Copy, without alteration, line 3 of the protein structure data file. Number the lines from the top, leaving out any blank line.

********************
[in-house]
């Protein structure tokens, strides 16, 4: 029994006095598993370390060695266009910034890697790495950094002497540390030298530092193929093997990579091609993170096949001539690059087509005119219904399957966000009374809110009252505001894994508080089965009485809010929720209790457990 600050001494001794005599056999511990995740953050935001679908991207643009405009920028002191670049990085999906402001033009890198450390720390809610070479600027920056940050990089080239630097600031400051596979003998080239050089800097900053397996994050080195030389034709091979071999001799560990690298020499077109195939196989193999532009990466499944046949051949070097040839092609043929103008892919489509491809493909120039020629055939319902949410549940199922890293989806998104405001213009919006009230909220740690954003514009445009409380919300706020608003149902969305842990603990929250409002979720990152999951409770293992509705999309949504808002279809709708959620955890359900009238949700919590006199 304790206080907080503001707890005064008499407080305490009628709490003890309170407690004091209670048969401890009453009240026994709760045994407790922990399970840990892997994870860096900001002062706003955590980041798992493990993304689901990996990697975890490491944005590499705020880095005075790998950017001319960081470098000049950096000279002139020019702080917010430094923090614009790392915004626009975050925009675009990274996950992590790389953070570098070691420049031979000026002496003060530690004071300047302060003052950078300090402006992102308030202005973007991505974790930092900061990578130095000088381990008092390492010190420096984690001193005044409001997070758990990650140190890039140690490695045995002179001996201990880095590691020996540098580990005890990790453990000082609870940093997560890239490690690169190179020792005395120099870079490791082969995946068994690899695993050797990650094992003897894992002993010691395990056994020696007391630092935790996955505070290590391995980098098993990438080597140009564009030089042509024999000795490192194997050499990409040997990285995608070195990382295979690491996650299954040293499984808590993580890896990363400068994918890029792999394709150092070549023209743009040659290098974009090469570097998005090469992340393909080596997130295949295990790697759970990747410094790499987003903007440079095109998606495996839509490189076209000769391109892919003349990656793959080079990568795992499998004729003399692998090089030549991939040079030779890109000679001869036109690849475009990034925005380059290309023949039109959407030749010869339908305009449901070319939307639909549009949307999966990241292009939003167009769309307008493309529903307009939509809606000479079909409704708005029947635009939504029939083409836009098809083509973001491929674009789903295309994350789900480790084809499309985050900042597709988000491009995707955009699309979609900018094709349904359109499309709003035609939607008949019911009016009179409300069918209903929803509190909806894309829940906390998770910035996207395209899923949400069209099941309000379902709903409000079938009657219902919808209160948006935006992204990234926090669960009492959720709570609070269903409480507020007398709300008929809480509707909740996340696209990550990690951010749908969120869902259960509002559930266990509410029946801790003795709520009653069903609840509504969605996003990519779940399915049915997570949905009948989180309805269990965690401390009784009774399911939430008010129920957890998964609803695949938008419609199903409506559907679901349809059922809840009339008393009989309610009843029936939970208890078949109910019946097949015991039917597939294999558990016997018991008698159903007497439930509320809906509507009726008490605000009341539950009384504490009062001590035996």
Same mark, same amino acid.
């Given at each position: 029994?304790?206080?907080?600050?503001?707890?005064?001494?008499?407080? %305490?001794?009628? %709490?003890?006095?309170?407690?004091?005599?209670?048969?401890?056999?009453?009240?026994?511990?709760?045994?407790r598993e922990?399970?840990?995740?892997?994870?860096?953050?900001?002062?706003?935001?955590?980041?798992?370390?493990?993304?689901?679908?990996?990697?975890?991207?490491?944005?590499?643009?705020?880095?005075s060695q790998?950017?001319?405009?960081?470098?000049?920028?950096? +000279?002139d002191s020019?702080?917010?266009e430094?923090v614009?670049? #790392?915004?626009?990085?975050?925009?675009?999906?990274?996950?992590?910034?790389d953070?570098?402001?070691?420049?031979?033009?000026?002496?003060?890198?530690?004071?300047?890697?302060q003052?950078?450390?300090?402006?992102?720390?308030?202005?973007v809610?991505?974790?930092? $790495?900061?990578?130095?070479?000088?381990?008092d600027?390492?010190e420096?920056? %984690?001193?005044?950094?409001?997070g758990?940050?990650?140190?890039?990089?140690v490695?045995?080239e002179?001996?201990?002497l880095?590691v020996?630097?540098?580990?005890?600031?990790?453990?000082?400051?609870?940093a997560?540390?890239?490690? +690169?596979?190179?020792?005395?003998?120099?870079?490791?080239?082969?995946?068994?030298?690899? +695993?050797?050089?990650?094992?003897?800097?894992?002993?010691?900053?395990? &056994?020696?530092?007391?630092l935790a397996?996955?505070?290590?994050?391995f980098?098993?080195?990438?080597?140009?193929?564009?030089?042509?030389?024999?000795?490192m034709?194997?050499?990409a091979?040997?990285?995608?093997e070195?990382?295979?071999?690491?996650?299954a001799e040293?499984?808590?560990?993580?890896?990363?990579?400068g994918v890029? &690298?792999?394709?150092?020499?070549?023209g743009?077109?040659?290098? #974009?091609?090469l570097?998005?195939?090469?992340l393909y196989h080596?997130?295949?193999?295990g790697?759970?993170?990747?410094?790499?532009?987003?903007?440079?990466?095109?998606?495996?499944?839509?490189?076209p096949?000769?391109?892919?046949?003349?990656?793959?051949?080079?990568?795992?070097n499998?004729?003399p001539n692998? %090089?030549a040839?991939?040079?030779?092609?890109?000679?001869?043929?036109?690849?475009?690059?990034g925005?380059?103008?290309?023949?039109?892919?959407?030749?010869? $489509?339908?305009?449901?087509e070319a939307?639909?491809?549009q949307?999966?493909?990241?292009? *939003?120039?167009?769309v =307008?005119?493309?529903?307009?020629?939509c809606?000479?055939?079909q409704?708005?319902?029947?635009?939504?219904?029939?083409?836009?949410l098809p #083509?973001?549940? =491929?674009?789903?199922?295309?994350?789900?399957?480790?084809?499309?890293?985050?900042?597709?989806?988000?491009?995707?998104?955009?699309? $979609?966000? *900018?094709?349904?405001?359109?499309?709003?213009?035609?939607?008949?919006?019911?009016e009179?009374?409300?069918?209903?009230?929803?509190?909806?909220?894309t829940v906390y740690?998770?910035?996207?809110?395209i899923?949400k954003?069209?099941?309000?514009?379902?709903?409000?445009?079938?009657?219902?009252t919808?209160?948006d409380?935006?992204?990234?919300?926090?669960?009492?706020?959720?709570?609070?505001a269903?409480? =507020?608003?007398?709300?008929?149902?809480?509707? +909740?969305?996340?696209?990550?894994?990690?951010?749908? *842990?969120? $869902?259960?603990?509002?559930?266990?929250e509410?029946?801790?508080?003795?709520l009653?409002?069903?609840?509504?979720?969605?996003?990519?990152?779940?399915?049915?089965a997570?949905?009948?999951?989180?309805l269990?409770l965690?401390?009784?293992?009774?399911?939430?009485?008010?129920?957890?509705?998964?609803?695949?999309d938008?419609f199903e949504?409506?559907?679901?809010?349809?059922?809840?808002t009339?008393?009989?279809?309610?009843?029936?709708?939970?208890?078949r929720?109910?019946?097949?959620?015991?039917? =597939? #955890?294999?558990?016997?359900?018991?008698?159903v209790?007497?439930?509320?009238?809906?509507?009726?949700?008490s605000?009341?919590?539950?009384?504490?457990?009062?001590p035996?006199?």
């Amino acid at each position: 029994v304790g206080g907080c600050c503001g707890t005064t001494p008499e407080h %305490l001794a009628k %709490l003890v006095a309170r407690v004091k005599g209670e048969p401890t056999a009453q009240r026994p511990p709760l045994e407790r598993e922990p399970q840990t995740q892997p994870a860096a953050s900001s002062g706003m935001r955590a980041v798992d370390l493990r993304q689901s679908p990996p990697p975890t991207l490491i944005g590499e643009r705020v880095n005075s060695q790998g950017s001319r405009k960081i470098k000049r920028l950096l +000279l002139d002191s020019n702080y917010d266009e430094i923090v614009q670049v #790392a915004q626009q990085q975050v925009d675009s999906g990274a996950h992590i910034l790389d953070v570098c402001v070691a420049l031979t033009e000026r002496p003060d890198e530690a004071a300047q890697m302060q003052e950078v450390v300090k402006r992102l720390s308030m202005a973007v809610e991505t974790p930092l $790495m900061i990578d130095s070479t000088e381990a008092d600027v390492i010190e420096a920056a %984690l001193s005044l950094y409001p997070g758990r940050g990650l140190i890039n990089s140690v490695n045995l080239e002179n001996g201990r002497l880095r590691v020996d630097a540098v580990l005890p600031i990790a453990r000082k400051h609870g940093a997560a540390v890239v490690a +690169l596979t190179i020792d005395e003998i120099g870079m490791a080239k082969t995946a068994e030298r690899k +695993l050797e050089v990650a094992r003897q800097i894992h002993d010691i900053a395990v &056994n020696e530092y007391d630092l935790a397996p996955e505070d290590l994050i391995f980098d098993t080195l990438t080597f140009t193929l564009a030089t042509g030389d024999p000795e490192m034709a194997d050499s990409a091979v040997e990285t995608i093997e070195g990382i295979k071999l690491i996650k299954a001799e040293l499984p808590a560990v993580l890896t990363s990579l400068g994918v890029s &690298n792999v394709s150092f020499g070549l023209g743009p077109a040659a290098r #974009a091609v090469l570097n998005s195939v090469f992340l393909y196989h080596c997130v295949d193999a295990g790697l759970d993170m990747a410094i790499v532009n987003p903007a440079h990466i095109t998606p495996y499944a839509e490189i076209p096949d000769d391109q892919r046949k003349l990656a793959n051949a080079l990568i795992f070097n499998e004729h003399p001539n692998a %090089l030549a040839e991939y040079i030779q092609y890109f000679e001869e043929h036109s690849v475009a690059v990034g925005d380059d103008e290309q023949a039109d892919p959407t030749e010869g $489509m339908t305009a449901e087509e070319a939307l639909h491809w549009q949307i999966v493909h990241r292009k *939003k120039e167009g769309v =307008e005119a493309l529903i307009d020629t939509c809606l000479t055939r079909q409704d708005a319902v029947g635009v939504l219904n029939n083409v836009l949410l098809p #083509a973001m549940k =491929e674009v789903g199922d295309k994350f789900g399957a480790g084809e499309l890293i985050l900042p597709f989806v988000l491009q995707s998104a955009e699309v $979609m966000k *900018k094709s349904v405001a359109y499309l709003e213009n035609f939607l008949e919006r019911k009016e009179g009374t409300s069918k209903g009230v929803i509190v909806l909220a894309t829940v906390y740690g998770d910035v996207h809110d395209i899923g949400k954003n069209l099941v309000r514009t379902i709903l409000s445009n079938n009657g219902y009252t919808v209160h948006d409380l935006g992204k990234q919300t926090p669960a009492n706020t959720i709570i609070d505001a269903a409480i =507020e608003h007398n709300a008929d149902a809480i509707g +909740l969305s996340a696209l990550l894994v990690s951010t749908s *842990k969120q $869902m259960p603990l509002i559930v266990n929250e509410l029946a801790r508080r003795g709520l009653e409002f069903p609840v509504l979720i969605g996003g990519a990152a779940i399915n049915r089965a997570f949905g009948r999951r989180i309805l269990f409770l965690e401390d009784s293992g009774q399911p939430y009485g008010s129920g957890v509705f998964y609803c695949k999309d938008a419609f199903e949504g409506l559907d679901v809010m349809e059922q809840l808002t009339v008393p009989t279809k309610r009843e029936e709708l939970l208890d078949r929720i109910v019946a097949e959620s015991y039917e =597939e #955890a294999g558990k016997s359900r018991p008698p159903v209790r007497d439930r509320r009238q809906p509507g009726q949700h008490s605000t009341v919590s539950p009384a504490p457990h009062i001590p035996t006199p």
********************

Same mark, same amino acid.